Assuming both stress members are terminated such that there is no relative displacement at the termination, there will be identical longitudinal displacement in all components of the cable. The force in each individual stress member will equilibrate such that the longitudinal strain in each is the same. This holds true even if the Young's modulus of one member changes due to inelastic deformation. However, in this case, the forces will be redistributed between the members. This redistribution will depend somewhat on the stiffness of the material between the two stress members and the interfaces of that material with each member (slipping, frictional, or bonded). Likewise, the interfacial material is important in cases where the two stress members are not bound longitudinally at the termination.

As the cable passes over a sheave, it is subjected to bending. The tension in the cable causes it to bend to conform to the diameter of the sheave. This is a different situation than bending encountered in traditional beam theory mechanics in that the curvature of the cable is prescribed rather than a result of the applied bending moment. The strain at a point in the member being bent is assumed to be a linear function of the distance from the neutral axis of the cable, and not dependent on the cross sectional characteristics or the material modulus. Therefore, if the tension in the cable is ignored, the addition of the central stress member will not affect the strains seen by the outer tube. The assumption is made that if the strain caused by bending exceeds the elastic point of the material, the structure will be adversely affected, namely, the fatigue life will be limited. Each time the cable is cycled over a sheave, partial yielding of the cross section and resulting residual strains will cause the structure to succumb to low-cycle fatigue failure. It is therefore advantageous to reduce the extent of yielding during use of the cable.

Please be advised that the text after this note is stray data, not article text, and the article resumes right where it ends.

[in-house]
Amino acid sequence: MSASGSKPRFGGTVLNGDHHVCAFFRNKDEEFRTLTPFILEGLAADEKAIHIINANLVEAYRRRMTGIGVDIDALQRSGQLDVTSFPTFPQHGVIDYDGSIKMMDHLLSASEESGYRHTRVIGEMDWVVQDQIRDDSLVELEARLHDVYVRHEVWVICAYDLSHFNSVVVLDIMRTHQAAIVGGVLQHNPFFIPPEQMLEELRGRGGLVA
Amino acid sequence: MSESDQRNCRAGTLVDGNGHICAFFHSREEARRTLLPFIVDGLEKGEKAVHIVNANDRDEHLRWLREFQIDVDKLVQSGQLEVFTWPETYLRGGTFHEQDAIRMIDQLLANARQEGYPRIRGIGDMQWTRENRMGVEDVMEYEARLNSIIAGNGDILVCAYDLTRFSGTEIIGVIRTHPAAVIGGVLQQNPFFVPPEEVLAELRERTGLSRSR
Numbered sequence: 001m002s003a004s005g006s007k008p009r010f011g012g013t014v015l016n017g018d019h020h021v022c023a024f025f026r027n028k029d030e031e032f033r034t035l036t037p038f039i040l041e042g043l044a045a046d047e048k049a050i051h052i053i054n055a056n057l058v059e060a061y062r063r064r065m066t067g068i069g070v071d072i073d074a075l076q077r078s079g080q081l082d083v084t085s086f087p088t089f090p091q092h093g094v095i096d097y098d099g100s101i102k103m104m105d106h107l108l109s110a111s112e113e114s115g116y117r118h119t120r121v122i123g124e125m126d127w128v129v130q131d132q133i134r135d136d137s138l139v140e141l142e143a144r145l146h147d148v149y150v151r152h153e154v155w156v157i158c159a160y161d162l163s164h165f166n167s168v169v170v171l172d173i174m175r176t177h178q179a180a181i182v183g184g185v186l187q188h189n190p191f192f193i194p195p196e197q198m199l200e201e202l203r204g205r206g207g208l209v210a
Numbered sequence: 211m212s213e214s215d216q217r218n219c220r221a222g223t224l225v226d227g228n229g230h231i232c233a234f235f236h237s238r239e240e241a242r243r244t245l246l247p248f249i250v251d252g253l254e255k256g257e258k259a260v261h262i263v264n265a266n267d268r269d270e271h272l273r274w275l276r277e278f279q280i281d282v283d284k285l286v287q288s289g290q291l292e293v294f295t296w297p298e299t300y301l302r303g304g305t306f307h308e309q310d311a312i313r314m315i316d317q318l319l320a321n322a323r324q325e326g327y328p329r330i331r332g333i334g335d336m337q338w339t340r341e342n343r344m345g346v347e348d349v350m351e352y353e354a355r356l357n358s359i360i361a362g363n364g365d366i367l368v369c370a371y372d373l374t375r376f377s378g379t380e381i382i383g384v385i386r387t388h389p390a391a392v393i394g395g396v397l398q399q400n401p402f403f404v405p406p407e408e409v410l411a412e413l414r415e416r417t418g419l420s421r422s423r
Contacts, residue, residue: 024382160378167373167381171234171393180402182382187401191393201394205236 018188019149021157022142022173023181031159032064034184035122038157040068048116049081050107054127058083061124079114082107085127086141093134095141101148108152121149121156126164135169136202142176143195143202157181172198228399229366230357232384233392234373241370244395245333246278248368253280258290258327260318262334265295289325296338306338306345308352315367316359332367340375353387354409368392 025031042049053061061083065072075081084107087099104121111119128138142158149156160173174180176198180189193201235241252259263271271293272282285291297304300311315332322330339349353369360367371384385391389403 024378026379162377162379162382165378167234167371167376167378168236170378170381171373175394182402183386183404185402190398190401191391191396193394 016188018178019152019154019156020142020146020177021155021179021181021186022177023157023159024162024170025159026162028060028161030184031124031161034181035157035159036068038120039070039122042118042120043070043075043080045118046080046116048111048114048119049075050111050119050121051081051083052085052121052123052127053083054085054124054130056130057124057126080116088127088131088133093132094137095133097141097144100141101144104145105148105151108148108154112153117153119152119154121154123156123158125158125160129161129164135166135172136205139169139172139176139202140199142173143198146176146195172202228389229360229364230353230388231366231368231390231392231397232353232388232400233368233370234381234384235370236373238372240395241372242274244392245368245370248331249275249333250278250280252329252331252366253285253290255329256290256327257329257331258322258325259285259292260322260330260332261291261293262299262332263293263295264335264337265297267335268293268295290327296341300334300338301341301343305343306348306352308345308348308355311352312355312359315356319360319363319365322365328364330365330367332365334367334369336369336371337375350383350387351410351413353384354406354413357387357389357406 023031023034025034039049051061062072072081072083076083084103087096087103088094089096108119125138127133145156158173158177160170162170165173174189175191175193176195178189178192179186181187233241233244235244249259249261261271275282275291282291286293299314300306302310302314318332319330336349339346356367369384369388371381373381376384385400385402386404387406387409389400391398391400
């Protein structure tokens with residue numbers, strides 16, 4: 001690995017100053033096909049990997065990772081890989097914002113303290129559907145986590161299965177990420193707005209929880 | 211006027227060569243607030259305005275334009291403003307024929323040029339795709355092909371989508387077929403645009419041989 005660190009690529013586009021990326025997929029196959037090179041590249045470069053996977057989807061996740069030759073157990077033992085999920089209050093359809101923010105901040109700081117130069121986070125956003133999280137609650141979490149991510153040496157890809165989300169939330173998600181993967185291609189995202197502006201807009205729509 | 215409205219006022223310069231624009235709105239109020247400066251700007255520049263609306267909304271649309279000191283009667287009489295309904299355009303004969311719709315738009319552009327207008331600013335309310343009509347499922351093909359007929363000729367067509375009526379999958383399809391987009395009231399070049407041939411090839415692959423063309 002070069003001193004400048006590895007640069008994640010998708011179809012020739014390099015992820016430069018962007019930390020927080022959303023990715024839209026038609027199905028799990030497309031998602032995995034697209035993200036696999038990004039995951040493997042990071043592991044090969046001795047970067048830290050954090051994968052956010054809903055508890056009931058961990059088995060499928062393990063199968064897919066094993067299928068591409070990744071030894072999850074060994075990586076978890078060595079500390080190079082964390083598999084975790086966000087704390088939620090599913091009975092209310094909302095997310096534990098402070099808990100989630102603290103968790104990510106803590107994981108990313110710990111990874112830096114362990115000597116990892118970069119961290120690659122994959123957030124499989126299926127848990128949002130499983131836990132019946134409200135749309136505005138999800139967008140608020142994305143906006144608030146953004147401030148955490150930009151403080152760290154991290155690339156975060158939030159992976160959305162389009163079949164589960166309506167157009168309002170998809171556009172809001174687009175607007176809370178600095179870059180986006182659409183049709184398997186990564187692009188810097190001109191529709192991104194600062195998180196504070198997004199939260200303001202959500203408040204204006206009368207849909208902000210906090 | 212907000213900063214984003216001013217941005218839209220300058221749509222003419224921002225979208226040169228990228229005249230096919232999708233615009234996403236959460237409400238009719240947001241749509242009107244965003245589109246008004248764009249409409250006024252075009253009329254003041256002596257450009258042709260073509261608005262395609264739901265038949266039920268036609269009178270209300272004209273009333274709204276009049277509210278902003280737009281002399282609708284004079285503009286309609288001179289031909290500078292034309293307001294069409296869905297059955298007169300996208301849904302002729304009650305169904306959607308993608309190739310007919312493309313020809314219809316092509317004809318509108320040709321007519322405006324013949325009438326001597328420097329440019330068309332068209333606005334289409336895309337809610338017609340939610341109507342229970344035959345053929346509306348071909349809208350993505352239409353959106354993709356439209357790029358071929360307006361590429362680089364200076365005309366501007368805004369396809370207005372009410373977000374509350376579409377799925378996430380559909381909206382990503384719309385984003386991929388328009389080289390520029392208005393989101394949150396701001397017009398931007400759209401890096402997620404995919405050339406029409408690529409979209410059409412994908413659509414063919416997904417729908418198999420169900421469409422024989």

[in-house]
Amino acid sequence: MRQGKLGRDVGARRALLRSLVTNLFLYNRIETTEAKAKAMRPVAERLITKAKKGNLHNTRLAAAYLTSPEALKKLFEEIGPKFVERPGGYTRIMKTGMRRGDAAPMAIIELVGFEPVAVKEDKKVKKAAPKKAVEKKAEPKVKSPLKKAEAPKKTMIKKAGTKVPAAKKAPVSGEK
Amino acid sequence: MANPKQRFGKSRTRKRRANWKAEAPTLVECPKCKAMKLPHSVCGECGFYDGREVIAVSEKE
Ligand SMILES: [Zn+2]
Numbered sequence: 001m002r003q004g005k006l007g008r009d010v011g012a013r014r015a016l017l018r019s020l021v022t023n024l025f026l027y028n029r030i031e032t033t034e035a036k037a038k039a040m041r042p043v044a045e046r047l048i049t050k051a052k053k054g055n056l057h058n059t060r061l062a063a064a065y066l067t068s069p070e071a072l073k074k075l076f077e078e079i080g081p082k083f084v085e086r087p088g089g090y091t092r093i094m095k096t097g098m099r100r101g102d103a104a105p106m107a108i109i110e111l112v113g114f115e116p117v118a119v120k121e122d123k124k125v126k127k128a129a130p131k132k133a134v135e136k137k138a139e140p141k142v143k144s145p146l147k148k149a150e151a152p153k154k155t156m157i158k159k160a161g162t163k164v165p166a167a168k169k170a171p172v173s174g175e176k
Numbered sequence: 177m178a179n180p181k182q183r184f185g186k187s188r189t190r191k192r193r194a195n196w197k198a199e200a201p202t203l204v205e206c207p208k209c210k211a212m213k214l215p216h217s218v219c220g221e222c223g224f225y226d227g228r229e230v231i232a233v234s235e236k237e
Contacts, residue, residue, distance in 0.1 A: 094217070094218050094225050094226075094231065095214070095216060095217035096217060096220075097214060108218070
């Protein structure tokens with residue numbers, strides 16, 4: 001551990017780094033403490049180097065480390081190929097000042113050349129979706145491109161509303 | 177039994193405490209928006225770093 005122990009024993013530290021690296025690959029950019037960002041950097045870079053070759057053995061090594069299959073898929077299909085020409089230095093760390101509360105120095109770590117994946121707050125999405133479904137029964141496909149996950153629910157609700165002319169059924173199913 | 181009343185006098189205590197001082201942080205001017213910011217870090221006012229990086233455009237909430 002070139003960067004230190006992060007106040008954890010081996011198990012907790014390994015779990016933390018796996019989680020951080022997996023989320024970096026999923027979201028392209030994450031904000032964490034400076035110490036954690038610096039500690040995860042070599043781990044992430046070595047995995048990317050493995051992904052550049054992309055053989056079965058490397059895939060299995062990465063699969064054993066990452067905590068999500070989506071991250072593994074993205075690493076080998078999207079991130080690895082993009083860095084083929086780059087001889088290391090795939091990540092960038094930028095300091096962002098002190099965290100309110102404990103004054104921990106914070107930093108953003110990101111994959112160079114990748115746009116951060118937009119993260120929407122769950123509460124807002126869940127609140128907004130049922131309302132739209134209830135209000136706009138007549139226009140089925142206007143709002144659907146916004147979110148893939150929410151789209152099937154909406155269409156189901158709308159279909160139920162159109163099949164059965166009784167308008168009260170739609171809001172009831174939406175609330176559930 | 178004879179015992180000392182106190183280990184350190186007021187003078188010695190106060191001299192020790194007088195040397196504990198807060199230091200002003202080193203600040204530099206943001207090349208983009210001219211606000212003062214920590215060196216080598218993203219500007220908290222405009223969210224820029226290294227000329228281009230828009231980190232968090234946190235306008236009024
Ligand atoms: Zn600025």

As stated above, it is the cable tension that acts to cause the bending of the cable over the sheave. This tension is typically much higher than the minimum tension needed to conform the cable over the sheave. In the case where tension is just sufficient to cause conformation to the sheave diameter, the top of the tubular outer cover 206 is under tension while the bottom of the tubular outer cover 206 is under compression. Additional tension causes a reduction in the compression on the compression side of the outer cover 206 and an increase in the tension in the tension side. This acts to yield more of the tubular outer cover cross section in tension. The addition of the central stress member 202 decreases the extent of the tensile inelastic strains. The result is both increased maximum tension over a sheave, as well as increased fatigue life of the cable under cyclic bending under tension conditions.